Washington, January 23 : A team of researchers from Rensselaer Polytechnic Institute and Rice University has created the darkest material ever made by man-a thin coating comprised of low-density arrays of loosely vertically-aligned carbon nanotubes.
The researchers say that the material absorbs more than 99.9 per cent of light, and may one day be used for boosting the effectiveness and efficiency of solar energy conversion, infrared sensors, and other devices.
They have even applied for a Guinness World Record for developing this material.
"It is a fascinating technology, and this discovery will allow us to increase the absorption efficiency of light as well as the overall radiation-to-electricity efficiency of solar energy conservation," said Shawn-Yu Lin, professor of physics at Rensselaer and a member of the university's Future Chips Constellation, who led the research project.
"The key to this discovery was finding how to create a long, extremely porous vertically-aligned carbon nanotube array with certain surface randomness, therefore minimizing reflection and maximizing absorption simultaneously," he added.
Every material, be it water, air, or plastic, reflects some amount of light. All efforts to make an ideal black material that absorbs all the colours of light while reflecting no light have so far proved futile.
The darkest manmade material, prior to the discovery by Lin's group, boasted a total reflectance of 0.16 percent to 0.18 percent. It was created with a film deposition of nickel-phosphorous alloy.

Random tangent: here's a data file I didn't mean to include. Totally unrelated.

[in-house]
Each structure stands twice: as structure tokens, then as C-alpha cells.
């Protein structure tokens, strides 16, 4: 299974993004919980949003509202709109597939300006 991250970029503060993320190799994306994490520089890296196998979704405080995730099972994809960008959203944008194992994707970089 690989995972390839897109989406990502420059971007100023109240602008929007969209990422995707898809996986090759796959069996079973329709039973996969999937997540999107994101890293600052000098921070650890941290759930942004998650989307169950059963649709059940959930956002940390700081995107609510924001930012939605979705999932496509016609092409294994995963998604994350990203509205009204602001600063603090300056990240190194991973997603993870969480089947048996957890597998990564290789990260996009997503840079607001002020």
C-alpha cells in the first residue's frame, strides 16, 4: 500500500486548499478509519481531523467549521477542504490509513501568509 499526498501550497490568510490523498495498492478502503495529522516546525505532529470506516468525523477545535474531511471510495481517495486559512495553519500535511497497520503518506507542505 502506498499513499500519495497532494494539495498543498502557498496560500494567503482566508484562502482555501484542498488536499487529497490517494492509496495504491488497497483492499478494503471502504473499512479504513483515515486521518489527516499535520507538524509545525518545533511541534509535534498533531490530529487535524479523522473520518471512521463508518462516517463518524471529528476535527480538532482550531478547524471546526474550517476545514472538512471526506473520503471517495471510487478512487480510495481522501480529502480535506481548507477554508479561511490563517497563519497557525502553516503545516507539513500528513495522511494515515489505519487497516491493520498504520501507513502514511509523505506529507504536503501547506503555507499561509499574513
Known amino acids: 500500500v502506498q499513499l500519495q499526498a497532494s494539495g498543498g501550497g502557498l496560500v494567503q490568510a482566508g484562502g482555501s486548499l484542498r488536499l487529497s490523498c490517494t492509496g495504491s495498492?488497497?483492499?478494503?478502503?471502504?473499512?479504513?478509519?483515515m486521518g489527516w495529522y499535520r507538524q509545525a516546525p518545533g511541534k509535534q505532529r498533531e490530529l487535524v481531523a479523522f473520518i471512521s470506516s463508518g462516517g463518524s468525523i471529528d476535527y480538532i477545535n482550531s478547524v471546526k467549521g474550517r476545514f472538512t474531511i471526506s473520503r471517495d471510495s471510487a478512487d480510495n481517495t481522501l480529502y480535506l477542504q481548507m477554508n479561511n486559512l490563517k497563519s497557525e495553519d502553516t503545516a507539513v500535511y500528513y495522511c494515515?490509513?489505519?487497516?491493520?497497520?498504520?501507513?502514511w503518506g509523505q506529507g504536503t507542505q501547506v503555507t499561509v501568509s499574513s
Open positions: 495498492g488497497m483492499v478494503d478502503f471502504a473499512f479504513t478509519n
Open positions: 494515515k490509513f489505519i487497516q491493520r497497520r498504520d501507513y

Lin's team created a coating of low-density, vertically aligned carbon nanotube arrays engineered to have an extremely low index of refraction and the appropriate surface randomness, further reducing its reflectivity. This enabled them to create a material with a total reflective index of 0.045 percent, more than three times darker than the previous record.
"The loosely-packed forest of carbon nanotubes, which is full of nanoscale gaps and holes to collect and trap light, is what gives this material its unique properties. Such a nanotube array not only reflects light weakly, but also absorbs light strongly. These combined features make it an ideal candidate for one day realizing a super black object," Lin said.
Upon testing the array over a broad range of visible wavelengths of light, the researchers found that its total reflectance remains constant.
"It's also interesting to note that the reflectance of our nanotube array is two orders of magnitude lower than that of the glassy carbon, which is remarkable because both samples are made up of the same element - carbon," said Lin.
This discovery, reported in the journal Nano Letters, may lead to applications in areas like solar energy conversion, thermalphotovoltaic electricity generation, infrared detection, and astronomical observation.